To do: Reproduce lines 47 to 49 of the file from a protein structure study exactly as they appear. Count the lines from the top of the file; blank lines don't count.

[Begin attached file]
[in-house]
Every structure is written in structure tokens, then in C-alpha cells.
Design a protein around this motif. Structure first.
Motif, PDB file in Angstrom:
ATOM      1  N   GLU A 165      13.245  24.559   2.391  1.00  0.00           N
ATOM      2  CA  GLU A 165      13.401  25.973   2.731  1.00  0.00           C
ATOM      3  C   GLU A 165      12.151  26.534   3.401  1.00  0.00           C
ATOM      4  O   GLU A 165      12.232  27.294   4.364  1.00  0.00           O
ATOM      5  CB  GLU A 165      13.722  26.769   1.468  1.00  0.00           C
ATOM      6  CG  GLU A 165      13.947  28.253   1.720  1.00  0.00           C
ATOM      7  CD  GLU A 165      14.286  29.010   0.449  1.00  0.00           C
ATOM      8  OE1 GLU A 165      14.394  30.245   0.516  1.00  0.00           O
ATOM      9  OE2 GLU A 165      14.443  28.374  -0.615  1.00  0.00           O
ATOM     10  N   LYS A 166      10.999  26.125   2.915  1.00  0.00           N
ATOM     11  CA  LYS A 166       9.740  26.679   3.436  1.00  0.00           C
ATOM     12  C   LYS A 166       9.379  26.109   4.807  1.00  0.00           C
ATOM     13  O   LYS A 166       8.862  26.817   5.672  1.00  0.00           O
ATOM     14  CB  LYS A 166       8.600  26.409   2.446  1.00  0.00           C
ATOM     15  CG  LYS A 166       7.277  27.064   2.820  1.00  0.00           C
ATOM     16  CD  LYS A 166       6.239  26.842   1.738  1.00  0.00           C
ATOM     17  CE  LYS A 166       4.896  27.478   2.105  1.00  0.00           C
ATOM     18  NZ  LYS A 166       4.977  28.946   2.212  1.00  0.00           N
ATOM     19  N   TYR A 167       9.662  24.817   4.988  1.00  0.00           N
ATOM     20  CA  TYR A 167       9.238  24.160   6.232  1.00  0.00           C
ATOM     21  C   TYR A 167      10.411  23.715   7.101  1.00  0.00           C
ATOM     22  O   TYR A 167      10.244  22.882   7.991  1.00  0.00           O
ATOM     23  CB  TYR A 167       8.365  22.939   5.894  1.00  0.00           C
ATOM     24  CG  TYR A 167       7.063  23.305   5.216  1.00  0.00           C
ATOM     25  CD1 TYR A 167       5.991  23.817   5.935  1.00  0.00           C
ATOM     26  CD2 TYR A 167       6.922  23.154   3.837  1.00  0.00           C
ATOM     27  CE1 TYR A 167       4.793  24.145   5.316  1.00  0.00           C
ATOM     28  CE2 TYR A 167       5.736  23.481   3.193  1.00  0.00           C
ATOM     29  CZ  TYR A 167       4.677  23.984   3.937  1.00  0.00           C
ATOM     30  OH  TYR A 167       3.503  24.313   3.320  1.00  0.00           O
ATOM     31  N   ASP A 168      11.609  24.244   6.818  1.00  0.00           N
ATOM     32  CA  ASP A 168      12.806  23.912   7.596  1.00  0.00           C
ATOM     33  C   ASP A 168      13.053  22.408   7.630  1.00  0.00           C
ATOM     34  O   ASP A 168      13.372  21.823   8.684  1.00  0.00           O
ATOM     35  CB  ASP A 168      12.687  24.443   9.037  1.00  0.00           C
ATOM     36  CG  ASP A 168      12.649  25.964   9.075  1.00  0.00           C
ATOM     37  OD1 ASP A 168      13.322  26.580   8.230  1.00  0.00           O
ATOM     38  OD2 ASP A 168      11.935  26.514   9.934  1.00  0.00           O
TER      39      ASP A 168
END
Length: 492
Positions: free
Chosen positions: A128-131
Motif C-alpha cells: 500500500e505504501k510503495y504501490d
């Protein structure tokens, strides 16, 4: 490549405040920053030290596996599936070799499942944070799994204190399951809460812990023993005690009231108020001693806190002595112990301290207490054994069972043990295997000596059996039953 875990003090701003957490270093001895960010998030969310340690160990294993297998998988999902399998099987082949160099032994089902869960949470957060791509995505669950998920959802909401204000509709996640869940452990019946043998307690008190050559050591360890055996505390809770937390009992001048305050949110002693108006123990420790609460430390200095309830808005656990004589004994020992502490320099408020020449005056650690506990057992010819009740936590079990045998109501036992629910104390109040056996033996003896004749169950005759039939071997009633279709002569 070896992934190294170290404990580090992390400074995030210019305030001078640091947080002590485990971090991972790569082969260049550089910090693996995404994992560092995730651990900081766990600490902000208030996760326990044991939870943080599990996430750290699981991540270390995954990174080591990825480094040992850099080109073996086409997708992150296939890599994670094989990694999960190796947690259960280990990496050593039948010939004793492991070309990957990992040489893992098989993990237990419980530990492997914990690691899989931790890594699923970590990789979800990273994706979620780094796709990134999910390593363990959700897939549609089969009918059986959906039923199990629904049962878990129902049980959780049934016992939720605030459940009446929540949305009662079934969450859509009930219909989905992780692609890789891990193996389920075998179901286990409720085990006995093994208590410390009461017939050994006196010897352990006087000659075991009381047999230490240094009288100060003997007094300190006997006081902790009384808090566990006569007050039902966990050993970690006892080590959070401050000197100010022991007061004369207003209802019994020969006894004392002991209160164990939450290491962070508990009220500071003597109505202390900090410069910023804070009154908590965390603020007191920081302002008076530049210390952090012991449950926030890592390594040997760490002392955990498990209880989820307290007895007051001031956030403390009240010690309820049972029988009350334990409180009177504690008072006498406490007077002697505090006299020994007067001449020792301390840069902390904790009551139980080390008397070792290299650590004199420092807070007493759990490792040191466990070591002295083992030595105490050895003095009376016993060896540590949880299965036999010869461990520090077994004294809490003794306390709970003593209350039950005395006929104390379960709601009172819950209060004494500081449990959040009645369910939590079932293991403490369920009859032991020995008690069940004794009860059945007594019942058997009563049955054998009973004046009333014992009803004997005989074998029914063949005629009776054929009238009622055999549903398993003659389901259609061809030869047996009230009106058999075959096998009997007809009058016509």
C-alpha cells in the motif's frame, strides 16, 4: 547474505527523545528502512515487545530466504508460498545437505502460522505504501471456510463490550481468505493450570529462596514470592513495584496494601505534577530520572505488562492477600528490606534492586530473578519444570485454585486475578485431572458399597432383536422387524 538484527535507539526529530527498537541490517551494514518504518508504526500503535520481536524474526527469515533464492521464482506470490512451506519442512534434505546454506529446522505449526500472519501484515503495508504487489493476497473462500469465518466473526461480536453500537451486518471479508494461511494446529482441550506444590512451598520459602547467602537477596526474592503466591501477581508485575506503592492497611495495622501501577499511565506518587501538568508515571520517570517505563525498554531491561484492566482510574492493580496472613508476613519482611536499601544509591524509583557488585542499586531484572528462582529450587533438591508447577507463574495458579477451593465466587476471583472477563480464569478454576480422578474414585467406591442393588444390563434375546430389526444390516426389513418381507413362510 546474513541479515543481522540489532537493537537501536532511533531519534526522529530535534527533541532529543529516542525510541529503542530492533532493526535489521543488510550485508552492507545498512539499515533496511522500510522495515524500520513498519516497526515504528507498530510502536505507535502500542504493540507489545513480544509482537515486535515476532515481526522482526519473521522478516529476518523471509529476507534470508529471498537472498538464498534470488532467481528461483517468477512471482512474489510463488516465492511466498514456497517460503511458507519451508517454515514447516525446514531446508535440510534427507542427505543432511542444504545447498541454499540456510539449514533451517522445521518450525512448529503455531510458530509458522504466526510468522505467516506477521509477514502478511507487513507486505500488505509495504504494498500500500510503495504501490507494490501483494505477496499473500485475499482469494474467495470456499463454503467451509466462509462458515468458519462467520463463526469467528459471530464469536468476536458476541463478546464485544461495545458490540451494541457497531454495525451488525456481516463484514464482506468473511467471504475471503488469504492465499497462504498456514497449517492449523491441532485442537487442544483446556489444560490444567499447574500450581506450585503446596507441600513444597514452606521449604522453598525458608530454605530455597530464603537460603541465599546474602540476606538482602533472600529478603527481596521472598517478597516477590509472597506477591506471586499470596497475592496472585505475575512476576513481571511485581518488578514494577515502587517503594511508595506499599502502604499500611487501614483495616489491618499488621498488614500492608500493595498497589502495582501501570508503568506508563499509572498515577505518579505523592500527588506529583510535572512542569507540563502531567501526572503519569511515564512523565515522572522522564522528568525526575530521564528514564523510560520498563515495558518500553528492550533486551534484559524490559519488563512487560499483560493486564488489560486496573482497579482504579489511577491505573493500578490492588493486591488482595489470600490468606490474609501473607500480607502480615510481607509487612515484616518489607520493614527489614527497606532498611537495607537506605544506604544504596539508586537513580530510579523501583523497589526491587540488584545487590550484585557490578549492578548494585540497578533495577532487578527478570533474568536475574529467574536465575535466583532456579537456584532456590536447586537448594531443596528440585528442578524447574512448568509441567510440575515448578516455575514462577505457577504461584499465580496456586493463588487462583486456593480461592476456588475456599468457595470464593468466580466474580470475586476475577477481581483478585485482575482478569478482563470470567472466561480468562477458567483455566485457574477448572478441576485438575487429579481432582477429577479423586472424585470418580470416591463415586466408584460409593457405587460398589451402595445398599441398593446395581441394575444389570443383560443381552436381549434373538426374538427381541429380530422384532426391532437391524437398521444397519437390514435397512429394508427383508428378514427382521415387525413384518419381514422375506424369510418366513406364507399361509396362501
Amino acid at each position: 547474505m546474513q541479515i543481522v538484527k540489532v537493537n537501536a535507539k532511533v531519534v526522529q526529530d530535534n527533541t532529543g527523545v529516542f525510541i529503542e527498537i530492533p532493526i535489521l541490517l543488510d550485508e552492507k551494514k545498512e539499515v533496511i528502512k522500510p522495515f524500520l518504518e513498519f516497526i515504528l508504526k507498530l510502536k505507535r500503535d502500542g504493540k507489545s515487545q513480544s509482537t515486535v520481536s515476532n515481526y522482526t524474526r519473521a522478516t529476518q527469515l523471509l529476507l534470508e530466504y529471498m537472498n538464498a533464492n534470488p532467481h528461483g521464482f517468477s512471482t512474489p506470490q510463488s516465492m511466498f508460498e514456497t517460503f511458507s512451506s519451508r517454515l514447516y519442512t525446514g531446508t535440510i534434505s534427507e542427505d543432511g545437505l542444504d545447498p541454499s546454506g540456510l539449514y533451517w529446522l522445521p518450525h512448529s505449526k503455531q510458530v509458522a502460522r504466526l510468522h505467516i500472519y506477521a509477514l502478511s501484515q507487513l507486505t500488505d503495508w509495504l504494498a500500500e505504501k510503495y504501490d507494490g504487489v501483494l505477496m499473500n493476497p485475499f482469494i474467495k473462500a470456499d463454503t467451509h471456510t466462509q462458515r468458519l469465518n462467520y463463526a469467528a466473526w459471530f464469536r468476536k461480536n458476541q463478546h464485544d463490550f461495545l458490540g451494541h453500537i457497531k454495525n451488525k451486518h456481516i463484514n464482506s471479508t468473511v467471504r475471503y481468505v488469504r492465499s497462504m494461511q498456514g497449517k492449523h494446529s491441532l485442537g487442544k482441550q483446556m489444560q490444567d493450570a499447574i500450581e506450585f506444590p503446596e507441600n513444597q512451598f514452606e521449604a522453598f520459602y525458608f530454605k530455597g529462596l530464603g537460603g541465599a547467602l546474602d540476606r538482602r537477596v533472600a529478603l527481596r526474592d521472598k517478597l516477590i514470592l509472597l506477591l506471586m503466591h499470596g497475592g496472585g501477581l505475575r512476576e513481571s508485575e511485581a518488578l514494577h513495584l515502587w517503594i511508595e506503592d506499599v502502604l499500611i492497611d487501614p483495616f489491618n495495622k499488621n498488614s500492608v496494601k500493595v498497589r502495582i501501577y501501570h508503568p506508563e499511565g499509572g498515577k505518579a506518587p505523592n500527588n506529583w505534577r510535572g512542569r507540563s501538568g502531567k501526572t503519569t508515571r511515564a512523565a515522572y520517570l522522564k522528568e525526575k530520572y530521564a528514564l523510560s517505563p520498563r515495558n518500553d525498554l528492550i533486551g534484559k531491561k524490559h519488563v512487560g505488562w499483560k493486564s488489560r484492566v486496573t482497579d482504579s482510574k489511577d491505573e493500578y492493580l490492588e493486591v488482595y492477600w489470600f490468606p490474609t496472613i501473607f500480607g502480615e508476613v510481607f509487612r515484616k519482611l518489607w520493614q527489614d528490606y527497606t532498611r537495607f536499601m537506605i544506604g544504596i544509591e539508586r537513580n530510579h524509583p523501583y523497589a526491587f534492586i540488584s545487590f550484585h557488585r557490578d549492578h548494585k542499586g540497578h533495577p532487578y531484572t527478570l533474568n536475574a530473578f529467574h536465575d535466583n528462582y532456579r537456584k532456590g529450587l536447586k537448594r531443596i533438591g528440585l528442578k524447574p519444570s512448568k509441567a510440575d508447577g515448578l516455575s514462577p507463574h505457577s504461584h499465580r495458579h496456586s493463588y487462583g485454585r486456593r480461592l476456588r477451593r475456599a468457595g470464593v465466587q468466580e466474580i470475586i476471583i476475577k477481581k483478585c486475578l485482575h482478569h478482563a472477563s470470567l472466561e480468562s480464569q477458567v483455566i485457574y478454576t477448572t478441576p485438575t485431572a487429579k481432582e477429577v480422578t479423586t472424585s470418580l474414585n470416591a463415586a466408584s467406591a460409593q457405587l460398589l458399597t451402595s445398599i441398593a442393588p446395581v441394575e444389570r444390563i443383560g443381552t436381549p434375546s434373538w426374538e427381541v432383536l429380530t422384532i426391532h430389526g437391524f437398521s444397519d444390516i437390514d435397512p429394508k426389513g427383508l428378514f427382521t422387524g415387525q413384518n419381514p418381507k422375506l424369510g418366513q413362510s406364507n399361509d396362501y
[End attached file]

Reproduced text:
Chosen positions: A128-131
Motif C-alpha cells: 500500500e505504501k510503495y504501490d
């Protein structure tokens, strides 16, 4: 490549405040920053030290596996599936070799499942944070799994204190399951809460812990023993005690009231108020001693806190002595112990301290207490054994069972043990295997000596059996039953 875990003090701003957490270093001895960010998030969310340690160990294993297998998988999902399998099987082949160099032994089902869960949470957060791509995505669950998920959802909401204000509709996640869940452990019946043998307690008190050559050591360890055996505390809770937390009992001048305050949110002693108006123990420790609460430390200095309830808005656990004589004994020992502490320099408020020449005056650690506990057992010819009740936590079990045998109501036992629910104390109040056996033996003896004749169950005759039939071997009633279709002569 070896992934190294170290404990580090992390400074995030210019305030001078640091947080002590485990971090991972790569082969260049550089910090693996995404994992560092995730651990900081766990600490902000208030996760326990044991939870943080599990996430750290699981991540270390995954990174080591990825480094040992850099080109073996086409997708992150296939890599994670094989990694999960190796947690259960280990990496050593039948010939004793492991070309990957990992040489893992098989993990237990419980530990492997914990690691899989931790890594699923970590990789979800990273994706979620780094796709990134999910390593363990959700897939549609089969009918059986959906039923199990629904049962878990129902049980959780049934016992939720605030459940009446929540949305009662079934969450859509009930219909989905992780692609890789891990193996389920075998179901286990409720085990006995093994208590410390009461017939050994006196010897352990006087000659075991009381047999230490240094009288100060003997007094300190006997006081902790009384808090566990006569007050039902966990050993970690006892080590959070401050000197100010022991007061004369207003209802019994020969006894004392002991209160164990939450290491962070508990009220500071003597109505202390900090410069910023804070009154908590965390603020007191920081302002008076530049210390952090012991449950926030890592390594040997760490002392955990498990209880989820307290007895007051001031956030403390009240010690309820049972029988009350334990409180009177504690008072006498406490007077002697505090006299020994007067001449020792301390840069902390904790009551139980080390008397070792290299650590004199420092807070007493759990490792040191466990070591002295083992030595105490050895003095009376016993060896540590949880299965036999010869461990520090077994004294809490003794306390709970003593209350039950005395006929104390379960709601009172819950209060004494500081449990959040009645369910939590079932293991403490369920009859032991020995008690069940004794009860059945007594019942058997009563049955054998009973004046009333014992009803004997005989074998029914063949005629009776054929009238009622055999549903398993003659389901259609061809030869047996009230009106058999075959096998009997007809009058016509």